Childhood Injuries in Pakistan: Results from Two Communities

Authors

  • Seema Lasi Human Development Programme, Aga Khan University, Karachi
  • Ghazala Rafique Human Development Programme, Community Health Sciences, Aga Khan University, Karachi
  • Habib Peermohamed Human Development Programme, Internal Audit Department, Aga Khan University, Karachi

DOI:

https://doi.org/10.3329/jhpn.v28i4.6046

Keywords:

Child, Cross-sectional studies, Injuries, Retrospective studies, Pakistan

Abstract

The study aimed at determining the incidence, nature, and extent of childhood injuries in two suburban and rural communities of Pakistan. The findings of the study are based on a cross-sectional survey of 2,292 children aged 1-8 years. Information was sought retrospectively from the primary caregiver on the occurrence of injury that required formal or informal medical consultation during the past three months. The incidence rate of non-fatal injuries that required care outside home for children aged 1-8 years was 19.7 injuries per 100 person (child)-years of exposure [95% confidence interval (CI) 16.41-23.51]: 26.5 injuries per 100 person (child)-years of exposure (95% CI 21.31-32.63) in the suburban area and 12.1 injuries per 100 person (child)-years of exposure (95% CI 8.68-16.66) in the rural area. The most common non-fatal injuries were falls (10.5 fall injuries per 100 person (child)-years of exposure), burns and scalds (3.5 burn injuries per 100 person (child)-years of exposure), and road traffic injuries (RTIs) (2 RTIs per 100 person (child)-years of exposure). One fatality due to drowning was also reported during the study period. The difference among sex was highly significant (p=0.03). Boys (60%) were at a higher risk of injuries compared to girls (40%). The data also revealed that 61% of the injuries took place inside the home. The magnitude of childhood injuries in the two communities was significant compared to the findings of the National Health Survey of Pakistan (1990-1994). The fact that the majority (61%) of the injuries occurred inside the home raises many questions in relation to the household hazards and adequacy of safety and child-proofing measures in these households. There is a need to develop community-based interventions, creating awareness about the consequences of childhood injuries and educating families about preventive measures to reduce the incidence of injuries during early and middle childhood.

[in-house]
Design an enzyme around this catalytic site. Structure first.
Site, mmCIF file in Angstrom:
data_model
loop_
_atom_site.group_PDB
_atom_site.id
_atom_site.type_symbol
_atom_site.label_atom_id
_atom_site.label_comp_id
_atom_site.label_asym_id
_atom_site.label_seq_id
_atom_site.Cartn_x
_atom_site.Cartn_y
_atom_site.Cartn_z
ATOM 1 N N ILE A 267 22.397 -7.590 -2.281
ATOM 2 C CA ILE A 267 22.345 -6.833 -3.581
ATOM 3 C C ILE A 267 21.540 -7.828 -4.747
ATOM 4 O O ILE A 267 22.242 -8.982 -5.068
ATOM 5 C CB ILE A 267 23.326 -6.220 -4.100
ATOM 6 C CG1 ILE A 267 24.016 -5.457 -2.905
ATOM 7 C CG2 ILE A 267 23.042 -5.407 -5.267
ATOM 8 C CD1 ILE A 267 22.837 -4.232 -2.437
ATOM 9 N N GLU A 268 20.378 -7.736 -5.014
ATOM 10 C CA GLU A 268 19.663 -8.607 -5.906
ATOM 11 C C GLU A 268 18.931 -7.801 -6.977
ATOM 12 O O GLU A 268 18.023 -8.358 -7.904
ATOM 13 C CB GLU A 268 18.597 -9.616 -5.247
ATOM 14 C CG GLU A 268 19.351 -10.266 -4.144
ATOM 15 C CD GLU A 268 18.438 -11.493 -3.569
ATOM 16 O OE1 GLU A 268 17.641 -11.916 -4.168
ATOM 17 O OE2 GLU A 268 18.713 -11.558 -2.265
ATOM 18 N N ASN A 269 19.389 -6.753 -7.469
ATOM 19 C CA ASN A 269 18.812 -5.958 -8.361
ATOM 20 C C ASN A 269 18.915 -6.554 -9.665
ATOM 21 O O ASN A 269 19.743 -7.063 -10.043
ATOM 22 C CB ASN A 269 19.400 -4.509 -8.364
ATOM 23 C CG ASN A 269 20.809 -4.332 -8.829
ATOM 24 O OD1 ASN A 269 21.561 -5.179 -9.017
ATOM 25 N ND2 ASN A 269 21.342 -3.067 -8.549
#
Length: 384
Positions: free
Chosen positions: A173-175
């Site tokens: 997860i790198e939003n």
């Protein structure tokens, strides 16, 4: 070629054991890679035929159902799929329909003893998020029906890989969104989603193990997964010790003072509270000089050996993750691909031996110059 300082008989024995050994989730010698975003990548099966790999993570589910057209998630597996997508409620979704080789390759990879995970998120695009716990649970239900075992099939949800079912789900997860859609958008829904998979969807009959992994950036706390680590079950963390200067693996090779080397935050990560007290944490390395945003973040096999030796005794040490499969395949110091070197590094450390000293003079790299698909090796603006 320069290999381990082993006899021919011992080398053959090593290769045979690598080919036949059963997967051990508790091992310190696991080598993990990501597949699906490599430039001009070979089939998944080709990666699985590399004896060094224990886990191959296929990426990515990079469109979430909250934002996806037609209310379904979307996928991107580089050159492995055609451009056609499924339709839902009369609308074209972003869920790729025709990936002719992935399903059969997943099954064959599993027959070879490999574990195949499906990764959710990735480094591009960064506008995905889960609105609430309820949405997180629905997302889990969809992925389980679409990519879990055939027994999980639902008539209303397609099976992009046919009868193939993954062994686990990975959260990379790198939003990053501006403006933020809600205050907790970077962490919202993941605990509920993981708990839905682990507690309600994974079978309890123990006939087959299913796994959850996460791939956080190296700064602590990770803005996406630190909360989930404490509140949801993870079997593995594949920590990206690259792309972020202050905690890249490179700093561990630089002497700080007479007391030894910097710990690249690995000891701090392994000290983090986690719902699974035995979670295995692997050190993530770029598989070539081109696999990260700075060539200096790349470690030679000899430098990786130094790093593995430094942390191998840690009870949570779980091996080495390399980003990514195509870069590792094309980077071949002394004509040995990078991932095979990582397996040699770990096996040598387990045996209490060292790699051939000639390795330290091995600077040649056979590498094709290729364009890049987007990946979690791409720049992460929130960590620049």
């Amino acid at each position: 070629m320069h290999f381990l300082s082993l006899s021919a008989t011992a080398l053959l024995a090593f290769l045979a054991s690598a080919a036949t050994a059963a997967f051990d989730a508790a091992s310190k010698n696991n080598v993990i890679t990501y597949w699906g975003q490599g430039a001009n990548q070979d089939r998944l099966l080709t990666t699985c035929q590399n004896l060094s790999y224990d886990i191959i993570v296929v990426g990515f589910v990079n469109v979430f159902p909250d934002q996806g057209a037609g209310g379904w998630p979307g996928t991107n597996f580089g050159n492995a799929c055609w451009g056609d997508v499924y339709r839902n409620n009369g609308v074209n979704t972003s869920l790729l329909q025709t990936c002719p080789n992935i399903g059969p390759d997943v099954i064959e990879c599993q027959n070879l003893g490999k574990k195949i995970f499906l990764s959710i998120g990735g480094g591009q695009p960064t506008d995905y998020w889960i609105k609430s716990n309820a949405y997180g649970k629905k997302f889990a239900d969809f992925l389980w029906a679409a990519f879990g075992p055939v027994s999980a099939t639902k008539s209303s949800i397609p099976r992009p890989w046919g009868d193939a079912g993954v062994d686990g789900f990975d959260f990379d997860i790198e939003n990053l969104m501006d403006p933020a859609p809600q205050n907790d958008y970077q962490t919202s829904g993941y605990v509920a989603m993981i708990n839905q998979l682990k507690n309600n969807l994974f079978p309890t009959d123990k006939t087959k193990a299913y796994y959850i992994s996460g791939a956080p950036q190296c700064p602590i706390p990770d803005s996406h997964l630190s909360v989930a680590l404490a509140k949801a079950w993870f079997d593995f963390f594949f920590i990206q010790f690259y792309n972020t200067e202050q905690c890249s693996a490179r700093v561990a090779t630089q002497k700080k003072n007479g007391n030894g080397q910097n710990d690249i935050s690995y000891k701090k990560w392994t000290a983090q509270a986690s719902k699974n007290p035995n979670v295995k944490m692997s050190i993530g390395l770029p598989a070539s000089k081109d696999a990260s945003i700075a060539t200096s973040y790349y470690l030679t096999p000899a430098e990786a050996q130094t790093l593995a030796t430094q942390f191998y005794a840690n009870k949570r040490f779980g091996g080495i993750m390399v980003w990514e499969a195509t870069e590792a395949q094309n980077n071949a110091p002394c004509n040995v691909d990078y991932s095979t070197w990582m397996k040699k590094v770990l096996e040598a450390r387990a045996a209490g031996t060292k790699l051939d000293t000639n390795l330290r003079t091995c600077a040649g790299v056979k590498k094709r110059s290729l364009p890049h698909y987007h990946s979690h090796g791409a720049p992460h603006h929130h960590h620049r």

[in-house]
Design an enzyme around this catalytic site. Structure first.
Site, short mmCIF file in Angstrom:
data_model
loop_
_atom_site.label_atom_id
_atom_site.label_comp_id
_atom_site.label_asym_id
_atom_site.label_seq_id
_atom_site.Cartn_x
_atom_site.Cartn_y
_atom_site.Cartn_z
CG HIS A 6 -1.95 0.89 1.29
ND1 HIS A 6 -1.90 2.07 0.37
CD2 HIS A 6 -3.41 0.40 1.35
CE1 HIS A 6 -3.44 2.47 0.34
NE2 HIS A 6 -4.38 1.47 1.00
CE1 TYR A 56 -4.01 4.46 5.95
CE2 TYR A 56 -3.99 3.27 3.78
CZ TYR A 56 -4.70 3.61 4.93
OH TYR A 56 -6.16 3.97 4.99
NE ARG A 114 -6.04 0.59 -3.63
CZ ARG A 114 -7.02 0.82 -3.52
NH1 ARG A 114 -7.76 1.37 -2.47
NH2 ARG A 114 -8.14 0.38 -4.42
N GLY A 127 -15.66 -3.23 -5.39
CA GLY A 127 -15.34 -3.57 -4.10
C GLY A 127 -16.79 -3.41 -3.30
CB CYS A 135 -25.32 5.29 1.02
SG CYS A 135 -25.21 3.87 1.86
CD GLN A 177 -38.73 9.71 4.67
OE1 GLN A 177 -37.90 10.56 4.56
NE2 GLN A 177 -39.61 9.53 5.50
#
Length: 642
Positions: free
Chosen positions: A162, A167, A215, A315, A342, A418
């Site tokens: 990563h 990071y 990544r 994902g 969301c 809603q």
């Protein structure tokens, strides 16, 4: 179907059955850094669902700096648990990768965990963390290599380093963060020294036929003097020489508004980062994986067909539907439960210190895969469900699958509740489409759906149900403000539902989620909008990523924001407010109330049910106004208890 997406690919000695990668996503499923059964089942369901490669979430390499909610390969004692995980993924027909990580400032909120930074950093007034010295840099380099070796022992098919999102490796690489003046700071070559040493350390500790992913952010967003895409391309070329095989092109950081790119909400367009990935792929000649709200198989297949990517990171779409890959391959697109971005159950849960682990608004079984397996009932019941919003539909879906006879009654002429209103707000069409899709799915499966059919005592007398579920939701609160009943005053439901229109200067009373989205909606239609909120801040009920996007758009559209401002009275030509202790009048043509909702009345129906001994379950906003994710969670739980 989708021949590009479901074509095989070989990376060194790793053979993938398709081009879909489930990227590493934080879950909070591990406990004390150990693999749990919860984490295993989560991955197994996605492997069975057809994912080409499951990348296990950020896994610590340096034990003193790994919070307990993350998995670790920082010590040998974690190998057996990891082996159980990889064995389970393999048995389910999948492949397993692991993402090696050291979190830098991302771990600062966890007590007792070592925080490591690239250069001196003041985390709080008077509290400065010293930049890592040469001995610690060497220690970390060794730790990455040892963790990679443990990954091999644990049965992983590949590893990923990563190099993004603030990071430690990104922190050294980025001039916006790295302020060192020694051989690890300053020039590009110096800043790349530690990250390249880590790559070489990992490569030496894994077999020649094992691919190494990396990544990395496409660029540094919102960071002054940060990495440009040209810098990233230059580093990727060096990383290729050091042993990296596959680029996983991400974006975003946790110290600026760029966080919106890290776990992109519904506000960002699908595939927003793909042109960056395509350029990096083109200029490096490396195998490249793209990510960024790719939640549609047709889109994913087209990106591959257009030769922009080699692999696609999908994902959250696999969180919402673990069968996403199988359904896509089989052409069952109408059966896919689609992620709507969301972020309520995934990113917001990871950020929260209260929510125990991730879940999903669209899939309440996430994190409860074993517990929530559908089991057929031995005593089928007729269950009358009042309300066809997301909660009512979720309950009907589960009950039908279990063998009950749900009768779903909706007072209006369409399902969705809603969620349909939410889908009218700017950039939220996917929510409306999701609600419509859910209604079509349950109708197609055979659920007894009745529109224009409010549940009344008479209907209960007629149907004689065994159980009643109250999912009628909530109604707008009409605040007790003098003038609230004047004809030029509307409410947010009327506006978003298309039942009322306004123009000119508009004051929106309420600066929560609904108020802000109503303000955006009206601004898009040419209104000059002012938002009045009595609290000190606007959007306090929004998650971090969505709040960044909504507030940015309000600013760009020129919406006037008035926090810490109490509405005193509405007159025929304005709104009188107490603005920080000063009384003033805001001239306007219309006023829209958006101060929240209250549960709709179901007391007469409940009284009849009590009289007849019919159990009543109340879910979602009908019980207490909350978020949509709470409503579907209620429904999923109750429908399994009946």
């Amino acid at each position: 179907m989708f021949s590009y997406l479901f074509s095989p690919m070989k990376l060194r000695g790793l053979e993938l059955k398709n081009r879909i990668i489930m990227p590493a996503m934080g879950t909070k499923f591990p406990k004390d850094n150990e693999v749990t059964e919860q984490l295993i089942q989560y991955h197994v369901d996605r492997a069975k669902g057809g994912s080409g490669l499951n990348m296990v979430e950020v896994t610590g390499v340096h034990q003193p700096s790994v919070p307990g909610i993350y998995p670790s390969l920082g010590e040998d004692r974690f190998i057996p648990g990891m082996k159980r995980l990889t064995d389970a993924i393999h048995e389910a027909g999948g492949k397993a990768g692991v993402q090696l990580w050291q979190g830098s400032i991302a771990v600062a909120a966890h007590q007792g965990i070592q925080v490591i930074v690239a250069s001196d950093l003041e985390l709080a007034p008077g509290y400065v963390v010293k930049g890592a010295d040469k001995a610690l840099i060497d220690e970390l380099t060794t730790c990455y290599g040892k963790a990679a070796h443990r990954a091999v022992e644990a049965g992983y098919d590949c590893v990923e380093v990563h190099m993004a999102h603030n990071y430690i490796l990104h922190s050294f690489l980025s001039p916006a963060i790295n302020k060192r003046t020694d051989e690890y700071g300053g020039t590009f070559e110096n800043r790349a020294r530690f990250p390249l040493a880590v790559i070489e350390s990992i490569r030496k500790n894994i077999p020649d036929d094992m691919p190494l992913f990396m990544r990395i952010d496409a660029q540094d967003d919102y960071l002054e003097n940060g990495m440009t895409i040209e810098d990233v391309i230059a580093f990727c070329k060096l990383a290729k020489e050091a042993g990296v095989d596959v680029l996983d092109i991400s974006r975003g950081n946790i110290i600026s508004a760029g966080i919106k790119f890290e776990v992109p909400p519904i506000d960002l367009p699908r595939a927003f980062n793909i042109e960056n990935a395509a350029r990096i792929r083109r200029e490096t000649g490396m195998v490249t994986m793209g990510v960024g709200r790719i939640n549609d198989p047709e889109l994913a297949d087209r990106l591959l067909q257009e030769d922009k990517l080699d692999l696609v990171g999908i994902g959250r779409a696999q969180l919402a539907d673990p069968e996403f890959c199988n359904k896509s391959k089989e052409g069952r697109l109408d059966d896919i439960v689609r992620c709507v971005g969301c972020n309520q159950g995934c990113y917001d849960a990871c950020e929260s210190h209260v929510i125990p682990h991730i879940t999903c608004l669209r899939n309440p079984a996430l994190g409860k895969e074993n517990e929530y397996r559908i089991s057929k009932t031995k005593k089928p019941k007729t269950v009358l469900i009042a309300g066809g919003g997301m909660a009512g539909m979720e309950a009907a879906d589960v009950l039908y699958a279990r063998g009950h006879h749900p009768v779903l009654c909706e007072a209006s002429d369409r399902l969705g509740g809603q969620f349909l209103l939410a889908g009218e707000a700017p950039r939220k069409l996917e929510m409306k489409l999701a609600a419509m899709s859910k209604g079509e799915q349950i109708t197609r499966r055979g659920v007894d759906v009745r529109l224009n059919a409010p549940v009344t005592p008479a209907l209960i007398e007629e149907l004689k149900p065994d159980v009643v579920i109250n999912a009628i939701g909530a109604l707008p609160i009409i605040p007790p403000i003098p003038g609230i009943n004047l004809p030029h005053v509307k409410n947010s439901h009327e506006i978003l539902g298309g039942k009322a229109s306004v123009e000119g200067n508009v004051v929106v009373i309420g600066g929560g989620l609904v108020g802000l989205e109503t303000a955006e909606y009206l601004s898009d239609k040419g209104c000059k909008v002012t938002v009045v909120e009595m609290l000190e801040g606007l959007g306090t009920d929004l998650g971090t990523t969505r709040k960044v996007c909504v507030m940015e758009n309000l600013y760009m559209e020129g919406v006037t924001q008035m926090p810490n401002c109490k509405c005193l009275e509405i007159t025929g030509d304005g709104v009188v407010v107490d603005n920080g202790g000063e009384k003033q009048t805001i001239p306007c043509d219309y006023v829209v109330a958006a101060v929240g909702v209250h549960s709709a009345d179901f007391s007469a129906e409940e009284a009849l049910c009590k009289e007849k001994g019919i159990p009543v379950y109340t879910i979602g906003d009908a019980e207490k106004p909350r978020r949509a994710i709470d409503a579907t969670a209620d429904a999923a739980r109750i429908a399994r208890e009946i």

Key words: Child; Cross-sectional studies; Injuries; Retrospective studies; Pakistan

DOI: 10.3329/jhpn.v28i4.6046

J HEALTH POPUL NUTR 2010 Aug;28(4):392-398

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How to Cite

Lasi, S., Rafique, G., & Peermohamed, H. (2010). Childhood Injuries in Pakistan: Results from Two Communities. Journal of Health, Population and Nutrition, 28(4), 392–398. https://doi.org/10.3329/jhpn.v28i4.6046

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Section

Original Papers